2014-44 Holly Baldwin, clerk of Permanent Board, and Suzanna Schell (Beacon Hill), clerk of the Ad Hoc Legacy Gift Discernment Committee, accompanied by members of the committee, brought us the committee’s proposal for how to use the Legacy Gift Fund, an unencumbered fund that the Yearly Meeting received from the sale of the Friends Home. The changes over recent years in our relationship with the Moses Brown School and the closing of the Friends Home are a source of sadness, but also of realism, truth, and learning. Since 2012 the committee has engaged in a broad consultative process throughout the Yearly Meeting of listening for how the Legacy Gift Fund can best nurture the new life in our spiritual community. In this process NEYM has asked ourselves crucial questions about stewardship and has clarified our sense of vision and calling. As we share our dreams with each other we recognize the vitality and large visionary reach of our dreams. We have explored the meaning and demands of good stewardship, and this process has helped the Yearly Meeting as a whole to reflect on how we carry our funds and our leadings.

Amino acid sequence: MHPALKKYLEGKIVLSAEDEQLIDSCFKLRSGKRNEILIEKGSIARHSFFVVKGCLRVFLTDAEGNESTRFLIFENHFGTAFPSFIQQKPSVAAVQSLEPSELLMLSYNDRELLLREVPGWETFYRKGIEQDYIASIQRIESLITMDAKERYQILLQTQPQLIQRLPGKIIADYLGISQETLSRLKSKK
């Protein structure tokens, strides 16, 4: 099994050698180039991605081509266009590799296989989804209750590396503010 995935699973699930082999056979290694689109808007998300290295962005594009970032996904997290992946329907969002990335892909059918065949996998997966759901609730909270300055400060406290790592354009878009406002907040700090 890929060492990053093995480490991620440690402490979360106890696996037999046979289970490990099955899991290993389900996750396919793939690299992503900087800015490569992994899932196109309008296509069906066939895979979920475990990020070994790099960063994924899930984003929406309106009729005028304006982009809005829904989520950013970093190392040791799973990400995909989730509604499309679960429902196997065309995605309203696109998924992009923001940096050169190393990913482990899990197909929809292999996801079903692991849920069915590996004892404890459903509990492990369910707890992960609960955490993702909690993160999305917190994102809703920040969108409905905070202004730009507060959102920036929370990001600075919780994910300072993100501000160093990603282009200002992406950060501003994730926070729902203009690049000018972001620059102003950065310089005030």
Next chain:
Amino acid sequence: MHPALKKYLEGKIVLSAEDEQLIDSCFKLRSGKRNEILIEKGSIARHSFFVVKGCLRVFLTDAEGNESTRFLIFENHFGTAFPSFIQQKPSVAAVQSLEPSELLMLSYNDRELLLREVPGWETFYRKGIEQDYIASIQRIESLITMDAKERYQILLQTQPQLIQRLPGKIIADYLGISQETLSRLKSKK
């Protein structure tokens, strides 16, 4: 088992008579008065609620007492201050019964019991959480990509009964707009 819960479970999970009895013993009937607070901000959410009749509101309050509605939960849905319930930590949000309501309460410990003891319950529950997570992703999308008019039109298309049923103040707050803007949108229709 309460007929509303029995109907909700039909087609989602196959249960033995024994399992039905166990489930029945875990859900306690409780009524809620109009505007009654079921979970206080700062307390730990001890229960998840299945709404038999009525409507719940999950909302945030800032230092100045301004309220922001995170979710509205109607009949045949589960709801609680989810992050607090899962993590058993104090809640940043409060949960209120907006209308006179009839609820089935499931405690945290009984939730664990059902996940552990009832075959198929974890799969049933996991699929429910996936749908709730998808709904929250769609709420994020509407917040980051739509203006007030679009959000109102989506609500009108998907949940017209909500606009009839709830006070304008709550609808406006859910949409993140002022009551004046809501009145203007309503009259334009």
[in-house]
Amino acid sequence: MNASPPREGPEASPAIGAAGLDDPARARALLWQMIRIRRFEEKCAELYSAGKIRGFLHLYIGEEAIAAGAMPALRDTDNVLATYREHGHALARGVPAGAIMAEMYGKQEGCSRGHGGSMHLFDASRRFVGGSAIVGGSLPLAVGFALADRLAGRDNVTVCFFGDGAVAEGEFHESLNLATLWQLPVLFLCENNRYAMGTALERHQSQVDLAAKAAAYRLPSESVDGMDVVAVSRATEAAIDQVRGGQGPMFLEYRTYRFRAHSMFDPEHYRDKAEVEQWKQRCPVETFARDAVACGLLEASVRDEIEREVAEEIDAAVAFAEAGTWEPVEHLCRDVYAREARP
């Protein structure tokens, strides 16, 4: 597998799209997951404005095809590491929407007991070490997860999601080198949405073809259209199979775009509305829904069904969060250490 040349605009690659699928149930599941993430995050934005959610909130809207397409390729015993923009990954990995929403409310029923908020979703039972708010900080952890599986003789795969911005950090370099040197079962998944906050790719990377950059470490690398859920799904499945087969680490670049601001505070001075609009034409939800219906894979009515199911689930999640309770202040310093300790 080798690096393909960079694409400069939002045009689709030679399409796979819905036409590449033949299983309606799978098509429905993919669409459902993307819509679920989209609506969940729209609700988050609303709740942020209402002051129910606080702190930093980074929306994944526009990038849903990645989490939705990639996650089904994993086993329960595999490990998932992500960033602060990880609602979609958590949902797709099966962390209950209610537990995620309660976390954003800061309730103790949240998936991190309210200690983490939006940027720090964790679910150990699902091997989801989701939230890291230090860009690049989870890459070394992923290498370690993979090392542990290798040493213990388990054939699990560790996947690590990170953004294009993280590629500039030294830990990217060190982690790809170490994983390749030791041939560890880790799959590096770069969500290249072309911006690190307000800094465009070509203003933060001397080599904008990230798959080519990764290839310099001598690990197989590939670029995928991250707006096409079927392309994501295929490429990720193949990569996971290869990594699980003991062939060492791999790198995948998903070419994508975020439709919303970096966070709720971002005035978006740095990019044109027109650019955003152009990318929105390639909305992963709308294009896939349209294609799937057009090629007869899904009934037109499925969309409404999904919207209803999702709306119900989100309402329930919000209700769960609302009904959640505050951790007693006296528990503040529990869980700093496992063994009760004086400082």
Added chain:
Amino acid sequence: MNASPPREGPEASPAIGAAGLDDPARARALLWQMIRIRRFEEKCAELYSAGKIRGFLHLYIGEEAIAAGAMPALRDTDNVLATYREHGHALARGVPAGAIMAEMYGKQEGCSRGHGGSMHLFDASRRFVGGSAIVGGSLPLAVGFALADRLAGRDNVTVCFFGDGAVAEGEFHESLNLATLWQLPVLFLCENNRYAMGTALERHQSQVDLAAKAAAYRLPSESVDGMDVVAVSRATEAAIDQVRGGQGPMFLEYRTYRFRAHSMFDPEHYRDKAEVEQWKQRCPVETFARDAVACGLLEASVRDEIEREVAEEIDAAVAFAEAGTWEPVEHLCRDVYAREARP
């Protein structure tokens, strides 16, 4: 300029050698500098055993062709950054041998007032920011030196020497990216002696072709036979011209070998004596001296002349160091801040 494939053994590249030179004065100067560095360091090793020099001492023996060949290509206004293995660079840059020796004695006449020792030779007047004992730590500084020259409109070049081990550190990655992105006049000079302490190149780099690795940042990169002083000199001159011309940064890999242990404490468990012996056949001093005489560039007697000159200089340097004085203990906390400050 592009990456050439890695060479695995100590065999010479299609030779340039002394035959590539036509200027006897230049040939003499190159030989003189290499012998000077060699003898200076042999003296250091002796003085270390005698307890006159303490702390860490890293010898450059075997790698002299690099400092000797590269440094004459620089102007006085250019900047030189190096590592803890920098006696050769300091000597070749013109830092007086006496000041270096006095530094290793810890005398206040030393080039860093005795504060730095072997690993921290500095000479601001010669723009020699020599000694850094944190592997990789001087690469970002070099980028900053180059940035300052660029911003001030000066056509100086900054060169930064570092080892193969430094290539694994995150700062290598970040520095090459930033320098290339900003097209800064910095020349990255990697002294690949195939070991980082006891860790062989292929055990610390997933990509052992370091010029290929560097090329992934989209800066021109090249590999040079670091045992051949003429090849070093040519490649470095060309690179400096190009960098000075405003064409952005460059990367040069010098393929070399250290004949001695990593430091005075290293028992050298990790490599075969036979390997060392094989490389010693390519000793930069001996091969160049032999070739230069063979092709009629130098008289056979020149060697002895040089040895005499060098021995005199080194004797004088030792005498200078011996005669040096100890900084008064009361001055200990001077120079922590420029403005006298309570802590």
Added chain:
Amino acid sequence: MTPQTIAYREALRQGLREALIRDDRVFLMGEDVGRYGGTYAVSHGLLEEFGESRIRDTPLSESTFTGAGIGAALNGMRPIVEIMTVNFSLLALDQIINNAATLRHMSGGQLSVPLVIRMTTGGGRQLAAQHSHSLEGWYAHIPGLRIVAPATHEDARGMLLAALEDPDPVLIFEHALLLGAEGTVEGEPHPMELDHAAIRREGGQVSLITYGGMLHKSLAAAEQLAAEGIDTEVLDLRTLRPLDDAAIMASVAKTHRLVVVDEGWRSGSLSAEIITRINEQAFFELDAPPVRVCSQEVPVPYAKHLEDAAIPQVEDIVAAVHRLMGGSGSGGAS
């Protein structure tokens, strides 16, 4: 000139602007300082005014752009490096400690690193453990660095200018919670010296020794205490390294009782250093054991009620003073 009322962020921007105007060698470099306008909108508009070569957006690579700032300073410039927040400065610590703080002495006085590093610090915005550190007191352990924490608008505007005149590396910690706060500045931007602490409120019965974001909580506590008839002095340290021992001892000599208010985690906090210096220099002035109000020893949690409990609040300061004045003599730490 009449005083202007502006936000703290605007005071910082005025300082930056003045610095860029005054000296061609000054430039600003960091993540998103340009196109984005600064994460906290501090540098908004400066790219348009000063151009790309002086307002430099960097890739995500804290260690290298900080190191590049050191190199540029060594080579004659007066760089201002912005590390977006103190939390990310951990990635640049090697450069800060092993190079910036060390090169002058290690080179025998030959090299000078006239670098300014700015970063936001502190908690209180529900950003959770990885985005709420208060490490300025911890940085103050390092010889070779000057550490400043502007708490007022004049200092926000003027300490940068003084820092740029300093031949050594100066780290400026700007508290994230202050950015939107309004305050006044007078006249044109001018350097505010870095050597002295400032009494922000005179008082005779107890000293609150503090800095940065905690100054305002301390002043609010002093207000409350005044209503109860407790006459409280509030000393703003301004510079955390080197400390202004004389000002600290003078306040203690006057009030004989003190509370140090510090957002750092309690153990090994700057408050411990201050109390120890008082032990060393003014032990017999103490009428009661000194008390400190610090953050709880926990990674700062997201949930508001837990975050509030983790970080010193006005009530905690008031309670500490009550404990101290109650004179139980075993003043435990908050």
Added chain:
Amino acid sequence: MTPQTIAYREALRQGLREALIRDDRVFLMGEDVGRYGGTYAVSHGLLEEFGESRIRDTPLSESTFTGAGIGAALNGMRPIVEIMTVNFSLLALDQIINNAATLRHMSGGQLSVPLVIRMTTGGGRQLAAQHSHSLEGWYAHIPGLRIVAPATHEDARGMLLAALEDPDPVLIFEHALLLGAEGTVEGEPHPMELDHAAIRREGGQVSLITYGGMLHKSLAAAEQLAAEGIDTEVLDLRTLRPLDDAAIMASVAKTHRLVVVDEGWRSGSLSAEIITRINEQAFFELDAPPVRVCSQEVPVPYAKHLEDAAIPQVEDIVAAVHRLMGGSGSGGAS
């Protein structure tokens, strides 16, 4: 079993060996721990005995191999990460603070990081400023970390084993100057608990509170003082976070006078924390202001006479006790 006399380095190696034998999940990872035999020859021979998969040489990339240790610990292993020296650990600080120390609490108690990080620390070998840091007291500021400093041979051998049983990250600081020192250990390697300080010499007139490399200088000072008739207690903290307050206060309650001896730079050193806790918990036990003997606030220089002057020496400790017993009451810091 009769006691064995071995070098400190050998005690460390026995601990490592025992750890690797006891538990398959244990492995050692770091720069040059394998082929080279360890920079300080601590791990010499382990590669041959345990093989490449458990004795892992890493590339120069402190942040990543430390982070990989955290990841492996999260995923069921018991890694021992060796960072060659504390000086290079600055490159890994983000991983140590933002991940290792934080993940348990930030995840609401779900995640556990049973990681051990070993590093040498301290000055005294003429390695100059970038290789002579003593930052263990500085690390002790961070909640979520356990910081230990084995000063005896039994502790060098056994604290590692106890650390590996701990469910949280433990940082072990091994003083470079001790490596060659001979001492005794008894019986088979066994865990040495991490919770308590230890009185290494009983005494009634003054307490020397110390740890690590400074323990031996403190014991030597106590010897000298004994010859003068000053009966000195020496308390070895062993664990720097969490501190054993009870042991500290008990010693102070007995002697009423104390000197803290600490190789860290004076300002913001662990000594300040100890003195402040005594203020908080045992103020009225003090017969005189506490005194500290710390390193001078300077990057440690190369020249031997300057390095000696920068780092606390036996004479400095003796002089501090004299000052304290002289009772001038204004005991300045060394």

- The Ad Hoc Legacy Gift Discernment Committee brought three specific recommendations to the body and asked for approval.
- The immediate release of $100,000 to Friends Camp for the retirement of its mortgages and for infrastructure improvements.
- The establishment of the Legacy Designated Fund (LDF) with $750,000—only the interest on these funds will be available for use—and the Legacy Undesignated Fund (LUF) with the remaining balance (approx. $350,000) which we will expect to spend down as it is called upon.
- The establishment of a Legacy Gift Committee to develop procedures and oversee the disbursement of monies from both of these funds.